Durban – More than 750 African Grey parrots worth about R2m died on a flight from Johannesburg to Durban.
The news has caused shock waves among conservationists, bird breeders and those involved in the aviation industry. The parrots died on December 24 on a flight operated by 1time.
Dr Steve Boyes, director of the organisation World Parrot Trust Africa, said steps should be taken to ensure that something like this never happens again.
The parrots were part of an order of 1 650 adult African Greys which were caught in the Democratic Republic of Congo (DRC) to be sold to South African breeders.
Ben Moodie, a well-respected Boksburg lawyer, alleges the birds were to be imported for his business Iceland Industrial Projects. He said he was only informed of the birds’ fate on December 29.
“At the OR Tambo quarantine the birds were fine and I was informed that on arrival at King Shaka they were dead. I can understand a few casualties along the route, it happens. (But) this doesn’t gel and I can only satisfy myself if they show me the carcasses,” a distraught Moodie told The Witness.
Altogether 800 of these parrots were imported to South Africa in November. A further 850 are still being held in the DRC, ready to be brought to South Africa.
In mid-December the parrots, which were then being kept in quarantine for 30 days at a state facility in Kempton Park, in accordance with legislation, became the focus of a long-standing dispute between breeders and in two urgent court applications.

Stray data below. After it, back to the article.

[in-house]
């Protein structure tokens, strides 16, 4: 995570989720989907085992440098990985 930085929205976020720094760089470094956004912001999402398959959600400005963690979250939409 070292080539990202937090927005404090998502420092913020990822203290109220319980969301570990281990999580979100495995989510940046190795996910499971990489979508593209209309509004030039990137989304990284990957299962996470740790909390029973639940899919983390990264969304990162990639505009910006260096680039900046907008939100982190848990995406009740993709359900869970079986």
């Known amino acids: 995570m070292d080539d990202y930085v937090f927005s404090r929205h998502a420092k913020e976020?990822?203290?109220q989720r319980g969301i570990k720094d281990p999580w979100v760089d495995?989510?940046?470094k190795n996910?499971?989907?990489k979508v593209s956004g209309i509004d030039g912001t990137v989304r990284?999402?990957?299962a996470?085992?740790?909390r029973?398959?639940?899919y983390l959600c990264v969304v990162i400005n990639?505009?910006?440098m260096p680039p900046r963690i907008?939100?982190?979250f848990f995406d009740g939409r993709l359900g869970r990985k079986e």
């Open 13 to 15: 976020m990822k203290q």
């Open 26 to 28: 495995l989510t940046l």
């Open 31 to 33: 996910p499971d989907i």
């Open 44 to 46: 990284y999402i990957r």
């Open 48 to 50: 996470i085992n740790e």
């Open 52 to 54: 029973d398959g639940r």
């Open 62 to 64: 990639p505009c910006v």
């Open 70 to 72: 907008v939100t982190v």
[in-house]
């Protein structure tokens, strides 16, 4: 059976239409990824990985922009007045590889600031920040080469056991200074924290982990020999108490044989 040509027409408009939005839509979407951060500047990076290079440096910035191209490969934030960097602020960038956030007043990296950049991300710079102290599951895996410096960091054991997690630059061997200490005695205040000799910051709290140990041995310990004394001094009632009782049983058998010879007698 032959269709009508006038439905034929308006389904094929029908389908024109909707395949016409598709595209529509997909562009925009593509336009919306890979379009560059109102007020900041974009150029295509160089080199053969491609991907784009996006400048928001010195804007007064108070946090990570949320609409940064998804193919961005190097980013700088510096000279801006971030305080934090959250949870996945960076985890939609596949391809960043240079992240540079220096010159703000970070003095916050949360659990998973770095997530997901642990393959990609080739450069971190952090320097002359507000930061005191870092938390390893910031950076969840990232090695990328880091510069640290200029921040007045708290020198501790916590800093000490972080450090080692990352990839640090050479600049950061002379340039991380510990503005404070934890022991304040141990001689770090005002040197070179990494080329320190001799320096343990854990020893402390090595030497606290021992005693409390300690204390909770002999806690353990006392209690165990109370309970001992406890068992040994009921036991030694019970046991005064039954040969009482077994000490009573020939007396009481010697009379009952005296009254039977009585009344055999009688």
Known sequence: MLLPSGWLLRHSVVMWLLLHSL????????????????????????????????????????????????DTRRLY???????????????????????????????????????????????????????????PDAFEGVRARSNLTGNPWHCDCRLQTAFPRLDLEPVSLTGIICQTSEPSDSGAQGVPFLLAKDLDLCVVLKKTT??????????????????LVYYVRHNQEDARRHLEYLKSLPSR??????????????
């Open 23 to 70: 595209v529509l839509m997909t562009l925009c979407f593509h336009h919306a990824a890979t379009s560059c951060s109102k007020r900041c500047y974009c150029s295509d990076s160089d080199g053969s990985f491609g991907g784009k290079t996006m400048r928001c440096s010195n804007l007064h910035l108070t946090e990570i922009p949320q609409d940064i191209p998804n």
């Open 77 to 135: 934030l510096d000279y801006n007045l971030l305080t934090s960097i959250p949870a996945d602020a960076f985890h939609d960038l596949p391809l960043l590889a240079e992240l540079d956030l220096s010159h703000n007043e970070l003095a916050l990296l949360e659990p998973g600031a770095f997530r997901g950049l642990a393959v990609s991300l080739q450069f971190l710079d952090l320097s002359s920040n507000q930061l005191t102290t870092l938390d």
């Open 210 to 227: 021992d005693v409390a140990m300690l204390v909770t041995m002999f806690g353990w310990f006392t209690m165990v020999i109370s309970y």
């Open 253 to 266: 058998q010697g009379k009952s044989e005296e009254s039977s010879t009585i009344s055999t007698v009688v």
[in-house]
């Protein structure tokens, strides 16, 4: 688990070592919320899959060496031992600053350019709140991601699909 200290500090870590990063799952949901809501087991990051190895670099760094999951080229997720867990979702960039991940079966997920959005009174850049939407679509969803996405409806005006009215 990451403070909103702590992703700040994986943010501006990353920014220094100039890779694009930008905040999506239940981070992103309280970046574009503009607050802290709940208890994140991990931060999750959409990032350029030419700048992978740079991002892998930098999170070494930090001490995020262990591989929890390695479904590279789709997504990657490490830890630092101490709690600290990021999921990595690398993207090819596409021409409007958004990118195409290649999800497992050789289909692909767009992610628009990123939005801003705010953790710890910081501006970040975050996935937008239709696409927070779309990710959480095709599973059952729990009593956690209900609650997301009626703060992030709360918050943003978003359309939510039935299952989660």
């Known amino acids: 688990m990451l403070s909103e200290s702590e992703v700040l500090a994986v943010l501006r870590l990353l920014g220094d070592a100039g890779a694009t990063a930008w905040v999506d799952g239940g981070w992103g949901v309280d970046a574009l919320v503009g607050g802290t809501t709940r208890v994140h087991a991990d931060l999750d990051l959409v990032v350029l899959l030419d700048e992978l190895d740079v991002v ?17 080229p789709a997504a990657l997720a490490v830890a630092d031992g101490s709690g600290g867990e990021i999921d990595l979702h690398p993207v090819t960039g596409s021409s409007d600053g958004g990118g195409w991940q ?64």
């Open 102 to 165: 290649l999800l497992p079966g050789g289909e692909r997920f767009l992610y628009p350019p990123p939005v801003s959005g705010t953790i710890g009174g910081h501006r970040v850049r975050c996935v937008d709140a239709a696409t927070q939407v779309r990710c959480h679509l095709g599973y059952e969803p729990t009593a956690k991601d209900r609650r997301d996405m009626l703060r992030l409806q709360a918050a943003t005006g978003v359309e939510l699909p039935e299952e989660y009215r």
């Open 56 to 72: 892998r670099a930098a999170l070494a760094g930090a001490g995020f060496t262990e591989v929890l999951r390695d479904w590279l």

The result was that Hendrik Matthews, a Roodepoort breeder who alleges the birds were intended for him to cover outstanding debt, had the parrots loaded on December 24 to be taken to a private quarantine station in Umhlanga.
On that day the quarantine station at Kempton Park closed until February 1 for cleaning and upgrading.
According to Michael Saltz, Matthews’ lawyer, the birds were healthy when they were loaded at O R Tambo airport for the one hour flight on 1time to Durban. All the requirements for the transport of living cargo were met.
At King Shaka airport in Durban there was no movement to be seen in the crates when they were unloaded.
When the crates were taken to Express Air Services’ store and opened, only 10 of the birds were still alive, and an hour later only one had survived, said Boyes.
Small dog survived
According to Anya Potgieter, spokesperson for 1time, the airline then decided it wouldn’t transport more than four living animals per crate any longer, and exotic animals will only be transported if arrangements are made ahead of time.
According to The Witness she ruled out that the birds might have died from carbon dioxide inhalation, as the birds were travelling in a hold with an oxygen supply.
The airline denies that something could have happened on the plane to cause the tragedy.
A small dog travelling in the same cargo hold was perfectly healthy upon arrival.
Saltz, however, said parrots from the same group in two crates which were transported by another airline were healthy.
According to him there are indications that a lack of oxygen or dangerous gases could have caused the deaths of the birds.